Tiger: We'll have to decide which ones to teach you; you have time for only a few, tonight. But then Shadow has to fix the problem. I propose giving him root privilege on your machine. (Shadow grins and puffs up with air like a frog trying to impress the ladies.)
Tiger: Just like that, OK? Well, you couldn't very well understand. Remember, if you don't understand something, speak up. I don't know you like I know Shadow, and I could easily forget how little you know about us. Root privilege lets Shadow know anything about you, do anything he likes in your data. It's a big responsibility, to act rightly, to not make technical mistakes, and particularly to not abuse your trust. How would you feel about letting Shadow slip his hand down your pants and just kind of hold your balls in his fingers? His clawed fingers?
Me: Well, um, um, um, I guess I still have to say OK, because if I'm going to get the lessons from it and it breaks, I have to get Shadow's help to fix it.
Tiger: That's brave, Gerbil, that's brave. It's done, and I've asked Shadow to set up your machine. He set that one up recently, so he knows the procedure. This will take just a minute.
Shadow isn't self-inflated any more; it's concentrating over its own computer, and its black-tipped tail twitches. Whatever it's doing, and there seems to be quite a lot of it, I can see no effect in my lap. Finally it speaks to me, giggles realizing that it wasn't understood, and points at one of the bumps on the lower half of the computer. It pulls my finger over, and presses it down on the bump. There's a sequence of six more bumps to press, the last one twice, after which the picture vanishes and is replaced by another, equally incomprehensible.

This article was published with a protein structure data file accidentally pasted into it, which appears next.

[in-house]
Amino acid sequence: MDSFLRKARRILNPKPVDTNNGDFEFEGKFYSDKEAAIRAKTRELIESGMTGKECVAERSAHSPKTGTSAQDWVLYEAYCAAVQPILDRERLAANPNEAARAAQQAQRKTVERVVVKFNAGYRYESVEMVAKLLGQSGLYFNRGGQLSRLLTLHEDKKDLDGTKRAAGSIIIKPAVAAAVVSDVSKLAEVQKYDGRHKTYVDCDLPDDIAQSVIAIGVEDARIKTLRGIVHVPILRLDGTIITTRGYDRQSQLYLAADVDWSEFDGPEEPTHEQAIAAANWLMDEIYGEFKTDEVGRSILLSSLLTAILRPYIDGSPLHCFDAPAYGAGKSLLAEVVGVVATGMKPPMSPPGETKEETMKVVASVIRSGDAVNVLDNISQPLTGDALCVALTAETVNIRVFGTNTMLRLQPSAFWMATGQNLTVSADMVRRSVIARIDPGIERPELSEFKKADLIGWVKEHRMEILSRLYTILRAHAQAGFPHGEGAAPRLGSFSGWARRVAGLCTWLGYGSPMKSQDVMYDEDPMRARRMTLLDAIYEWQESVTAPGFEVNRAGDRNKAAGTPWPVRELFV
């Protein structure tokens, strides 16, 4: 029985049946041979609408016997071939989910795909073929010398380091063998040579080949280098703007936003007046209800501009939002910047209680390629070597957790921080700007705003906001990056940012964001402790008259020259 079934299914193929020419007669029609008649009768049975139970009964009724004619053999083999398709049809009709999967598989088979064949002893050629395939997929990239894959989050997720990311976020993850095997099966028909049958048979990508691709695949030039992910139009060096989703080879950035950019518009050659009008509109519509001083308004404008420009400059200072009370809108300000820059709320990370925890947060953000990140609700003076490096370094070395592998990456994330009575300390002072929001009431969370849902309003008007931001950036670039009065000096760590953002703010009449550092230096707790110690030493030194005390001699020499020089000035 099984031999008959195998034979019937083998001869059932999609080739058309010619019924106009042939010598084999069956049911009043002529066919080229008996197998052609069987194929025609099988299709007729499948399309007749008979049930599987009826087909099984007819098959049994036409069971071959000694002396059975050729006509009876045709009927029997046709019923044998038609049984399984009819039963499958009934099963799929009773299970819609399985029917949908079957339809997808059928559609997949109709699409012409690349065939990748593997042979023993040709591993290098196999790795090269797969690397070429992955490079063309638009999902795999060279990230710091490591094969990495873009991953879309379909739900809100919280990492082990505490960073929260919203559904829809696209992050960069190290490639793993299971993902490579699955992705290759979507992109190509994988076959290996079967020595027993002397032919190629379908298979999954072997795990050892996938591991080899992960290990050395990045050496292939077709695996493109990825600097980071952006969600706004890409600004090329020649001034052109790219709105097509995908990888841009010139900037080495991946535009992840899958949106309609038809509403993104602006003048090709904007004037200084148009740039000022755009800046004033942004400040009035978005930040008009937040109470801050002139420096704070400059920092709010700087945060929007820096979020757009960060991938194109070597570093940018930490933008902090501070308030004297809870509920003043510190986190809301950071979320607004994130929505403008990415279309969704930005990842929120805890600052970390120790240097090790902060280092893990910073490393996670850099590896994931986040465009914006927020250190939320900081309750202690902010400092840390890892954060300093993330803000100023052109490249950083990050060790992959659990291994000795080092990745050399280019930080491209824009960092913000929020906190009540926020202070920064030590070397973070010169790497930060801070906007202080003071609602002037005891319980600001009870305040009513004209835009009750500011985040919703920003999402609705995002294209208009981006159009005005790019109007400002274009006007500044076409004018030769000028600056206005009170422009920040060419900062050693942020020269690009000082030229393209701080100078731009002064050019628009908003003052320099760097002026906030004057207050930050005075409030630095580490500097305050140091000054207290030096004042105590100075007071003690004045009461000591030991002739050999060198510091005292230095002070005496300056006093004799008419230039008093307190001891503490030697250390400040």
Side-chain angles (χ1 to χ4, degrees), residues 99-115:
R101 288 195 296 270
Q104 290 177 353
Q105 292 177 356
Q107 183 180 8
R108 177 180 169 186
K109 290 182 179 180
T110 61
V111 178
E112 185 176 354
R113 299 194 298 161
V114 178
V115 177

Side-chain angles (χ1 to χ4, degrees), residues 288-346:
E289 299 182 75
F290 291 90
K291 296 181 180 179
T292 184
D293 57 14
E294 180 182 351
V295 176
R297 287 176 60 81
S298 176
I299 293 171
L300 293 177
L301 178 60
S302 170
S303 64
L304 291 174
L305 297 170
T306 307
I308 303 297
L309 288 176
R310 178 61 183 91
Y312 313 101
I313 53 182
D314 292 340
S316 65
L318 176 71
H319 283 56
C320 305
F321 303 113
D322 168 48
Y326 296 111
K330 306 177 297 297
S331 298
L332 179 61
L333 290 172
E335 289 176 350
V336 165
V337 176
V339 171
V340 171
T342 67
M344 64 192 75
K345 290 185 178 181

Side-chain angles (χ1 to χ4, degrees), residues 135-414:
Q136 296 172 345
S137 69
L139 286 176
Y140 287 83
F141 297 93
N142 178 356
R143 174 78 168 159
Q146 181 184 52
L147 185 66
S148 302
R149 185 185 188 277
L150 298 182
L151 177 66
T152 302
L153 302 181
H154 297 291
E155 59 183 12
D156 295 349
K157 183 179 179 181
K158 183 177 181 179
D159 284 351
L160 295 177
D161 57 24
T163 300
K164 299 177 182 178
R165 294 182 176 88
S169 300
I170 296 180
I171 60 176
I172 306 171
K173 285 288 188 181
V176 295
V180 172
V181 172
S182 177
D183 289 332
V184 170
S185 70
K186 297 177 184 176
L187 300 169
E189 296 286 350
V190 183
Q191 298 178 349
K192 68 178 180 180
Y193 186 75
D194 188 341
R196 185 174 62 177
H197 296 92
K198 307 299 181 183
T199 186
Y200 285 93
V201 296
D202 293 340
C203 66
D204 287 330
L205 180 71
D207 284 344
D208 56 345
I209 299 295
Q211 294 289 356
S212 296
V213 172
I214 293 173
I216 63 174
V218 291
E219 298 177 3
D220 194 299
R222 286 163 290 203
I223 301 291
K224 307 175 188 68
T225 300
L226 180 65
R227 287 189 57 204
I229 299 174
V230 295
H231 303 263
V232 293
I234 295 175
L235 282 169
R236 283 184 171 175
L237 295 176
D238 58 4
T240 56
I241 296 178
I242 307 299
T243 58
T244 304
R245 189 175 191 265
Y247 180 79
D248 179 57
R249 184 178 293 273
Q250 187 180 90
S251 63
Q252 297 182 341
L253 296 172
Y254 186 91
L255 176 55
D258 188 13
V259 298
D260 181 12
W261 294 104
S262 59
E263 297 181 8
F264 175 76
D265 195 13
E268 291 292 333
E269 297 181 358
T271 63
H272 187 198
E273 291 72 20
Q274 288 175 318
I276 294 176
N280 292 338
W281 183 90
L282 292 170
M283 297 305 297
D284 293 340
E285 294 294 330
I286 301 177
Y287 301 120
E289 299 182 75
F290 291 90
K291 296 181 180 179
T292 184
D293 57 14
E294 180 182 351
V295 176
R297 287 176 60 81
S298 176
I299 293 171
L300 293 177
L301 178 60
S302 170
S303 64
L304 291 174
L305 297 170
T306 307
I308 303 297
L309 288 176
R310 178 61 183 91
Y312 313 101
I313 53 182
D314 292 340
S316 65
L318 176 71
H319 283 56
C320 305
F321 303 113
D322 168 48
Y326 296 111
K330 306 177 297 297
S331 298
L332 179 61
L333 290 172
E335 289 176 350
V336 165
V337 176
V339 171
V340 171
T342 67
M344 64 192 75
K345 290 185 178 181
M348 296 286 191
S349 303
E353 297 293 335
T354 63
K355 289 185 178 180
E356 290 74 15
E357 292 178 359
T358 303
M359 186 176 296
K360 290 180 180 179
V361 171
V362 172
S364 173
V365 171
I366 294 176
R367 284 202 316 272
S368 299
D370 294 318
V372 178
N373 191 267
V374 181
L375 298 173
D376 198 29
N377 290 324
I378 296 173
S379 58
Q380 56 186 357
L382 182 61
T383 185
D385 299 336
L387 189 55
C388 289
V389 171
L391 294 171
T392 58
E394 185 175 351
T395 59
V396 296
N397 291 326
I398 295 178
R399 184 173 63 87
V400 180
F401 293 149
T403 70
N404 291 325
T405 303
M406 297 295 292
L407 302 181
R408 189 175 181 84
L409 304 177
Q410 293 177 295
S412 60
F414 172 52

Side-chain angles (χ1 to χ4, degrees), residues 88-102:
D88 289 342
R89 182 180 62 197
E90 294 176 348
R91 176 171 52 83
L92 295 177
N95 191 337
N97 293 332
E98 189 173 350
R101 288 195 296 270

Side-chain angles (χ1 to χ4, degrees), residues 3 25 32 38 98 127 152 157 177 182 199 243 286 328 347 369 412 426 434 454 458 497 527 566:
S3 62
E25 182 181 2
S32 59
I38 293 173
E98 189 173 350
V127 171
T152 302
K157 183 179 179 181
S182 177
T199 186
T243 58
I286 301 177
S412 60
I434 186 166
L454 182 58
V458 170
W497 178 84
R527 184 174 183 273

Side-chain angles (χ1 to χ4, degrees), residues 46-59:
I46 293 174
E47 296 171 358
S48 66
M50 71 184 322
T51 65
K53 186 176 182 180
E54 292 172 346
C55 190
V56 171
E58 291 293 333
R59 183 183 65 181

Tiger: OK! You've just written your name, identifying yourself to the computer. Am I right that this is the first time you've written your name? It's something to be proud of.
Me: I think I'd better save the pride for when I understand a little more what I did. (Silently: and when I'm not shaking like a leaf with fear of not being able to do this stuff.)
Tiger: Gerbil, seriously, loosen up. I know you must feel awful about your family, and really apprehensive about this new situation you're in, but... You have whatever passes for Albanian combat training, don't you? When you're in a fight, which gets the best result, loose and fluid, or wound up tight? Like you are now.
Me: The Illyrian jackass says, tight wins fights. Lazing around in battle is the way to let down your side, and also to get yourself killed.
Tiger: Shit. Good that you read my attitude there, but let's put it this way. Tomorrow I'd like you and Shadow to practice falling without getting hurt, and I want your legs strong enough that you can fall and get up a hundred times and come back for more, because that's what it's going to take for you to unlearn your Albanian lesson. Now on today's issue... You want to talk about combat training?
Me: I don't like being shamed, particularly in front of Shadow.
Tiger: I'm sorry. That wasn't my intent. But which did you feel? That I'm right and rubbing it in, or that I shouldn't be disrespectful of your training?
Me: You shouldn't always badmouth Albanian stuff. Like calling me a jackass.
Tiger: You're right; I'll show a little more restraint in that. But I won't turn away from what's real, and I suggest the same for you. How about we do this: we'll drop the subject until you actually start combat training, you can count for yourself how many times you're on your butt, and I won't say a word. OK?
Me: OK. Now, could you please tell me, rather than just move my fingers, what I'm supposed to do next?